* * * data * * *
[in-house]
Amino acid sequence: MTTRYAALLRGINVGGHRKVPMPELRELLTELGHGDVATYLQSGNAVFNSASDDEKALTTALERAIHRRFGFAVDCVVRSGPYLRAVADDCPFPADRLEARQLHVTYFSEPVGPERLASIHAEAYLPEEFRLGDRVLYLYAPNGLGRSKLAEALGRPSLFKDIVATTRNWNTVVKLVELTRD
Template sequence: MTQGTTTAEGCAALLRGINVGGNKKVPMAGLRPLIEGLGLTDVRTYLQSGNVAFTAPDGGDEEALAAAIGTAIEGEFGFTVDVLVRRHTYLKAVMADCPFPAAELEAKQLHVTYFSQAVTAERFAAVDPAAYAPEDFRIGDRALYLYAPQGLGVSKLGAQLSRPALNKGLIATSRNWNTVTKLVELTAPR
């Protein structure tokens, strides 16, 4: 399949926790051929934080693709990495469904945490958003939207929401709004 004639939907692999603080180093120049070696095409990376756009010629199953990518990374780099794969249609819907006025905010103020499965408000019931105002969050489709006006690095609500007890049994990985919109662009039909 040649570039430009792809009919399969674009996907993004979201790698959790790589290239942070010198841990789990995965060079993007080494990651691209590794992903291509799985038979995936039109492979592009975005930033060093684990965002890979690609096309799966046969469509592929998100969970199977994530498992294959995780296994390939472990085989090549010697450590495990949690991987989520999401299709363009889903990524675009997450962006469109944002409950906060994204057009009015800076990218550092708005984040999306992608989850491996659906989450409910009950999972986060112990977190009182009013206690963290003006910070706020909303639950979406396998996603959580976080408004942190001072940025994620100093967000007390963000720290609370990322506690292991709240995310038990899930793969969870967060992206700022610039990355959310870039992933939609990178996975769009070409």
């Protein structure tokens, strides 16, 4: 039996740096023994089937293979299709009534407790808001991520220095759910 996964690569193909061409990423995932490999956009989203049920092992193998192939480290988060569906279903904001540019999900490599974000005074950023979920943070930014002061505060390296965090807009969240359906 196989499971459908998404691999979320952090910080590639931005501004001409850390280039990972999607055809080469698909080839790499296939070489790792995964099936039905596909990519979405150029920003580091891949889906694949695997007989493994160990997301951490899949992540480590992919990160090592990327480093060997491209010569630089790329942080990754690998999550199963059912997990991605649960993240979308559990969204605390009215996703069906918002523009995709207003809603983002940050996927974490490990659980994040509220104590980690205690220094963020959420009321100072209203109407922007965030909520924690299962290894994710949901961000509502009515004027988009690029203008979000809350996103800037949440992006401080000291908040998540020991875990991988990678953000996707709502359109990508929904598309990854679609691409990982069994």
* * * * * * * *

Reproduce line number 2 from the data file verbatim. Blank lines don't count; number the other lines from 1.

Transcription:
Amino acid sequence: MTTRYAALLRGINVGGHRKVPMPELRELLTELGHGDVATYLQSGNAVFNSASDDEKALTTALERAIHRRFGFAVDCVVRSGPYLRAVADDCPFPADRLEARQLHVTYFSEPVGPERLASIHAEAYLPEEFRLGDRVLYLYAPNGLGRSKLAEALGRPSLFKDIVATTRNWNTVVKLVELTRD